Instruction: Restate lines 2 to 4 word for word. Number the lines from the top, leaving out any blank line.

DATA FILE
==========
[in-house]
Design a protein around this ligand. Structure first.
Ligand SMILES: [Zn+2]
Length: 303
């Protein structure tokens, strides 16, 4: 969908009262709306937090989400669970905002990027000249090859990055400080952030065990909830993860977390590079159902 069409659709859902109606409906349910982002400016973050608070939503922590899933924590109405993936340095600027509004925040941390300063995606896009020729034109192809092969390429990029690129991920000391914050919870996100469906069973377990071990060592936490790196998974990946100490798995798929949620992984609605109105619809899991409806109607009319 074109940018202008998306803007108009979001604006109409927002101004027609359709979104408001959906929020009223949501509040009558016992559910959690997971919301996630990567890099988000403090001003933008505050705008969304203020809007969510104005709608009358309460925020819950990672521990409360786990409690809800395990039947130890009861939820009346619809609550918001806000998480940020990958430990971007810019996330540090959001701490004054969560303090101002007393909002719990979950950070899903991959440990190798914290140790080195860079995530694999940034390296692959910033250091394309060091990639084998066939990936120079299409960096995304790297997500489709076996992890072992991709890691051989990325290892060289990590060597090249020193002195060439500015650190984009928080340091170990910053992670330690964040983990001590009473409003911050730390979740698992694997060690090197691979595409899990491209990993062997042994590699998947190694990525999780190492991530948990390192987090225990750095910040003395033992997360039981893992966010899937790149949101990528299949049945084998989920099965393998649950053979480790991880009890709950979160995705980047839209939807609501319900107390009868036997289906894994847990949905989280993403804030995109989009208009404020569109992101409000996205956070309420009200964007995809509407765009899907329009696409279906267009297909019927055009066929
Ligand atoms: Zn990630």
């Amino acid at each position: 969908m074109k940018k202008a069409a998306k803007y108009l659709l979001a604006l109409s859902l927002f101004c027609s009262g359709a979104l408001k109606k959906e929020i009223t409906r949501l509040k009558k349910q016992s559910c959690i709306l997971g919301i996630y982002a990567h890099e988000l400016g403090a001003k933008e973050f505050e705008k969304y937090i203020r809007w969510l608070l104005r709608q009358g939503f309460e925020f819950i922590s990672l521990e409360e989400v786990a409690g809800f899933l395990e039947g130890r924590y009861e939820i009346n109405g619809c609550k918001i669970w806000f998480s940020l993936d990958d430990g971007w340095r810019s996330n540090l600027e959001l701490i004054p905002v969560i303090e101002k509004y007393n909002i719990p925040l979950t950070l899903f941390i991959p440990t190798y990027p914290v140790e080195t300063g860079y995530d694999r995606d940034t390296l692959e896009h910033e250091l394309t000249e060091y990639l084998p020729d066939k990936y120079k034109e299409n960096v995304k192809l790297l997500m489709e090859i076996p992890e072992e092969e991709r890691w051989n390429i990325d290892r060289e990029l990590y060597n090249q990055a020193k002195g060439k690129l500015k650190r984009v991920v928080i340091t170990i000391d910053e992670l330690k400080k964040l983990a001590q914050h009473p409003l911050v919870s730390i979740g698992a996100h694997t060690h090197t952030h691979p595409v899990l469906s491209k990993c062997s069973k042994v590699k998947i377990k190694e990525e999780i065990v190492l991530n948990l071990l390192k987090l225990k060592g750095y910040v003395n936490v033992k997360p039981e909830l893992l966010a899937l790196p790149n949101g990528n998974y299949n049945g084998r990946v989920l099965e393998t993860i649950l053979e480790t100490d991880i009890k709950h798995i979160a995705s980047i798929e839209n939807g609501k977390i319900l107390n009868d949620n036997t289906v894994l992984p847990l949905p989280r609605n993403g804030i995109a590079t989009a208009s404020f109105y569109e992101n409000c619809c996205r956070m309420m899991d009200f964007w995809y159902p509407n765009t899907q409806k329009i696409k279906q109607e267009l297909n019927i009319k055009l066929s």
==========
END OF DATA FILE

Design a protein around this ligand. Structure first.
Ligand SMILES: [Zn+2]
Length: 303